Project supports addressing children’s mental health issues
LANSING — The Michigan Department of Health and Human Services (MDHHS) will expand a program statewide to support primary care providers in addressing children’s and pregnant women’s mental health issues with a five-year federal grant for $445,000 annually.
The U.S. Department of Health and Human Services Health Resources and Services Administration is awarding the funding to MDHHS for its Pediatric Mental Health Care Access Program.
MDHHS will support implementation of the fiveyear project called the Michigan Child Collaborative Care-Connect, also known as MC3-Connect. MDHHS will expand its partnership with the University of Michigan and build a new partnership with Michigan State University-Pediatrics. MC3 is in 50 counties in northern, western and southern Michigan. Expansion of this psychiatric consultation service will be in the thumb, mid-Michigan and western counties in the Upper Peninsula.
The project will provide same-day telephone psychiatric consultation from child, adolescent and perinatal psychiatrists from U-M or MSU to primary care providers regarding their patients, including children, youth and pregnant women, as well as telehealth evaluations for complex patients. Complex patients have mental health needs and may have experienced trauma or toxic stress or are at risk for a higher level of care – such as hospitalization or intensive treatment.
This project is supported by the Health Resources and Services Administration (HRSA) of the U.S. Department of Health and Human Services (HHS) under grant number U4CMC32321, Pediatric Mental Health Care Access Program as part of an award totaling $534,000, with 20 percent financed with state government resources. This information or content and conclusions are those of MDHHS, and should not be construed as the official position or policy of, nor should an endorsements be inferred by HRSA, HHS or the U.S. government. — G.G.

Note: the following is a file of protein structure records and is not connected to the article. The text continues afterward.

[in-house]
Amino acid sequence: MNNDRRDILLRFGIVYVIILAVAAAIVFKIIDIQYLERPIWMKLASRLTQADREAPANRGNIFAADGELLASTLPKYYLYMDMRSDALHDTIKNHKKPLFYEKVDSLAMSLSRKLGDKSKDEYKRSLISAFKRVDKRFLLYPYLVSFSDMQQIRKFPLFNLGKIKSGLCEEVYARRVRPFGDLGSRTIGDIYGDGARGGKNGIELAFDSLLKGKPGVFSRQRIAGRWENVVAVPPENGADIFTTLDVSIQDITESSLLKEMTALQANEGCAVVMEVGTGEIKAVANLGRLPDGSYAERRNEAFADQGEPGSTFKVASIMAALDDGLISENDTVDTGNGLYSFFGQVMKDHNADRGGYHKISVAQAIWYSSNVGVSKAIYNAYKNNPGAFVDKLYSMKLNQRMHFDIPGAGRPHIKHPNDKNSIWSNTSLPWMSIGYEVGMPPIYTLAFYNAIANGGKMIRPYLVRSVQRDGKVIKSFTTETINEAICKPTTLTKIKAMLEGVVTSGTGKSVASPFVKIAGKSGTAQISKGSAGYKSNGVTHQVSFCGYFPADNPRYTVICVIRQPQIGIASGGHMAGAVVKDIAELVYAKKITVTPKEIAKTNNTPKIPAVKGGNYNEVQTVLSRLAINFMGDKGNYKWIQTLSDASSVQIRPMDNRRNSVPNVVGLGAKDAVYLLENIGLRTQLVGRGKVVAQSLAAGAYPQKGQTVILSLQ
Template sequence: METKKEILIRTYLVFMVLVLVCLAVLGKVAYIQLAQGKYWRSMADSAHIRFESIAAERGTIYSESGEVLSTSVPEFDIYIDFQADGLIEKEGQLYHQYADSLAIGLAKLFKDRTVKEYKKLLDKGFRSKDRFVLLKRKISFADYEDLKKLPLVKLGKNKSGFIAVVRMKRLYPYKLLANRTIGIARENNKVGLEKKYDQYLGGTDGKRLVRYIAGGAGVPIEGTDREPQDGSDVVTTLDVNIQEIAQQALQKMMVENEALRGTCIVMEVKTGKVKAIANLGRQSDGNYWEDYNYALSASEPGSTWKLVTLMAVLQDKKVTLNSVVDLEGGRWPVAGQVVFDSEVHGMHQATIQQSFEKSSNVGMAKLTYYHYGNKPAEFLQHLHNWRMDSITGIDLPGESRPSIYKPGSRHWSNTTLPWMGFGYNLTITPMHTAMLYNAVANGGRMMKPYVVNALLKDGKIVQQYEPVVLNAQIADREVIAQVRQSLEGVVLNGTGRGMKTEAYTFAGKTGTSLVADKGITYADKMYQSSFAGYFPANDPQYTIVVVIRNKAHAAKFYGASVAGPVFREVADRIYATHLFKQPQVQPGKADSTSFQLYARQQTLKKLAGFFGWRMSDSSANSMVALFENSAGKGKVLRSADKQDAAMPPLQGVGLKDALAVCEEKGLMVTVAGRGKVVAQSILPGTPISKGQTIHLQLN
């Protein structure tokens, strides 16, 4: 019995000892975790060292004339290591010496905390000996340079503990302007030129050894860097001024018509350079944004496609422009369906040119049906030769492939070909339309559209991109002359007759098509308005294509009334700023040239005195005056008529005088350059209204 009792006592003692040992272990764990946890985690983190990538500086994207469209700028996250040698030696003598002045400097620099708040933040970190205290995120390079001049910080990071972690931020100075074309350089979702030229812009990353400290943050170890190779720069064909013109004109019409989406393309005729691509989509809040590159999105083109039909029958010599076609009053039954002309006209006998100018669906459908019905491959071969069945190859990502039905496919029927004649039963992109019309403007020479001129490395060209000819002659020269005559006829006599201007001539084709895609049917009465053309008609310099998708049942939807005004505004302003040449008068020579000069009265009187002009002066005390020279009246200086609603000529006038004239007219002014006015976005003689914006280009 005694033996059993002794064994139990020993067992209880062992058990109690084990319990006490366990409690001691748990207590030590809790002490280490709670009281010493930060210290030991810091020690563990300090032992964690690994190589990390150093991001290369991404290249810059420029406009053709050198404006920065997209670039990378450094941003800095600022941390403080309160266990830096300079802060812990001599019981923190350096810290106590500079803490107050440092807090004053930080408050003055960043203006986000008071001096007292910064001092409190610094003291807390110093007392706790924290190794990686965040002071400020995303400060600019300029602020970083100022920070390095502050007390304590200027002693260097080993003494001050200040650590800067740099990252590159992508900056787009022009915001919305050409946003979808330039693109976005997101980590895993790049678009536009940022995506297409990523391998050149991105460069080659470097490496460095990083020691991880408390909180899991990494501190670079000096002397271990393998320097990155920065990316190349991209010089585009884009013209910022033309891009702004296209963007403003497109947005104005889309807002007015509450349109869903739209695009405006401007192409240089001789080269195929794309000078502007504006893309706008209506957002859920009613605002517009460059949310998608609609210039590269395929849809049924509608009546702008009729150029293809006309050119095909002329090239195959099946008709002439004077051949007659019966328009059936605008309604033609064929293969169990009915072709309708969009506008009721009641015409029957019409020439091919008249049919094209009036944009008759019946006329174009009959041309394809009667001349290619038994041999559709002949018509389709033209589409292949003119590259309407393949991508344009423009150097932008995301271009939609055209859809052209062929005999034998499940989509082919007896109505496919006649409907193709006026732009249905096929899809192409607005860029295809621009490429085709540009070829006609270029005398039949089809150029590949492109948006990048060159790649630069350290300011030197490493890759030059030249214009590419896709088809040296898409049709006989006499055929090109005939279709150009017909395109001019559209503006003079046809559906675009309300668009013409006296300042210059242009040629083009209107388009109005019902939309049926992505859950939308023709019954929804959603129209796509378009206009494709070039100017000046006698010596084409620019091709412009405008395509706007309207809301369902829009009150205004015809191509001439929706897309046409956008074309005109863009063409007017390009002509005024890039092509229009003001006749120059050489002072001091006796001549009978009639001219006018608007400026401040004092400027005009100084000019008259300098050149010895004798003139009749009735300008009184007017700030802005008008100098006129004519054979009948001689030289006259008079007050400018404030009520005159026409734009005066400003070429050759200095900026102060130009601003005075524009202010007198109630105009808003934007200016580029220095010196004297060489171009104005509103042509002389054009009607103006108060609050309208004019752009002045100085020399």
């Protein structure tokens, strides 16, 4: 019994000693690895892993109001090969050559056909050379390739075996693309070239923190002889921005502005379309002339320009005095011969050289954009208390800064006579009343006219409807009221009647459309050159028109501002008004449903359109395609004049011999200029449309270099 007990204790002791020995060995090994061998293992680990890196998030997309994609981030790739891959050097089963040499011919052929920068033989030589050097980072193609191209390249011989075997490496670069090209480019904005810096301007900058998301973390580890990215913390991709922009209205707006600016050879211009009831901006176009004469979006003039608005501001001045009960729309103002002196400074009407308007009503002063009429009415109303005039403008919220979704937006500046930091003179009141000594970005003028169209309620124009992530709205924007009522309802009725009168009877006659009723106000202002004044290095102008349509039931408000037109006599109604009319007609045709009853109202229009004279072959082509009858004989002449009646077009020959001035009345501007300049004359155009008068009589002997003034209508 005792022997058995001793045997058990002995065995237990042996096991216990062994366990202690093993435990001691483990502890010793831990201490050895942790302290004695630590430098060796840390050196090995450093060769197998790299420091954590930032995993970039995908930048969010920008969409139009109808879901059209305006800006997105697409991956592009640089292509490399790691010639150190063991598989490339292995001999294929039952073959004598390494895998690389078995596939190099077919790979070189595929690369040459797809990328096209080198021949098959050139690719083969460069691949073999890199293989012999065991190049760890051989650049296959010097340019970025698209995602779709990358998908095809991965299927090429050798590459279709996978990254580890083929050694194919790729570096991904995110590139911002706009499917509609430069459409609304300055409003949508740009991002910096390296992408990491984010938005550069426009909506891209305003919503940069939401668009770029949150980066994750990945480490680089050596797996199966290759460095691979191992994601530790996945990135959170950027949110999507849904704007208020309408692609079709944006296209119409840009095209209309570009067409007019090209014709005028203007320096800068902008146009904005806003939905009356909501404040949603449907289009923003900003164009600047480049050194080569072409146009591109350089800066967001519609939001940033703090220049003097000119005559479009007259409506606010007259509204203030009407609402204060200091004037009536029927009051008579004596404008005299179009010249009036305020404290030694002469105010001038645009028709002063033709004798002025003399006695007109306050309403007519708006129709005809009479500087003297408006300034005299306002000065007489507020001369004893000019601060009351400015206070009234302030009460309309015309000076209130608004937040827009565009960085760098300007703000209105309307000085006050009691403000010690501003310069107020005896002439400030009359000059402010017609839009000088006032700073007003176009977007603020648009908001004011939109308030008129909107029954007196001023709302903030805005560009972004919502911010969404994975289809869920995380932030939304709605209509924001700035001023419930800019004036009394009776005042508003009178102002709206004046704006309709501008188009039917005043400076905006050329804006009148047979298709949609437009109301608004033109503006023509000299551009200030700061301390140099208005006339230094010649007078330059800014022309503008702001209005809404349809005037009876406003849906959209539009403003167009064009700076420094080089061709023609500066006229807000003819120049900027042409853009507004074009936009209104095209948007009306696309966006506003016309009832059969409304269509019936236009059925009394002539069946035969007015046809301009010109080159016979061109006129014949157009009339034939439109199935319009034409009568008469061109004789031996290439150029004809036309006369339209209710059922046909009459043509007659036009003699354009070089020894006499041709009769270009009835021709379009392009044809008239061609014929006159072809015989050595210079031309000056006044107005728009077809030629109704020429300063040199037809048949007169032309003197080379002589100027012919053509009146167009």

Career Awareness makes a difference for jobs for Michigan’s Graduates Students
STATEWIDE — Hundreds of students across Michigan took part in Careers in Energy Week recently, including more than 225 students involved in the Jobs for Michigan’s Graduates (JMG) program across the Great Lakes State.
In its fifth year, Careers in Energy Week, planned by the collaborative Michigan Energy Workforce Development Consortium (MEWDC), provided hands-on opportunities for students to learn about career possibilities and career ladders in a growing industry. More than 108,000 Michigan residents hold energy related jobs today, and the Michigan Workforce Development Agency estimates energy jobs will grow by 6 percent through 2026.
DTE Energy, Consumers Energy, Lansing Board of Water and Light, Entergy Corporation, as well as the MIAT College of Technology all provided opportunities for JMG students during the week.
During the week, students from Southeast Career Pathways in Grand Rapids toured DTE’s Wealthy Station where they gained first-hand knowledge of what it takes to begin a career in the energy sector. — G.G.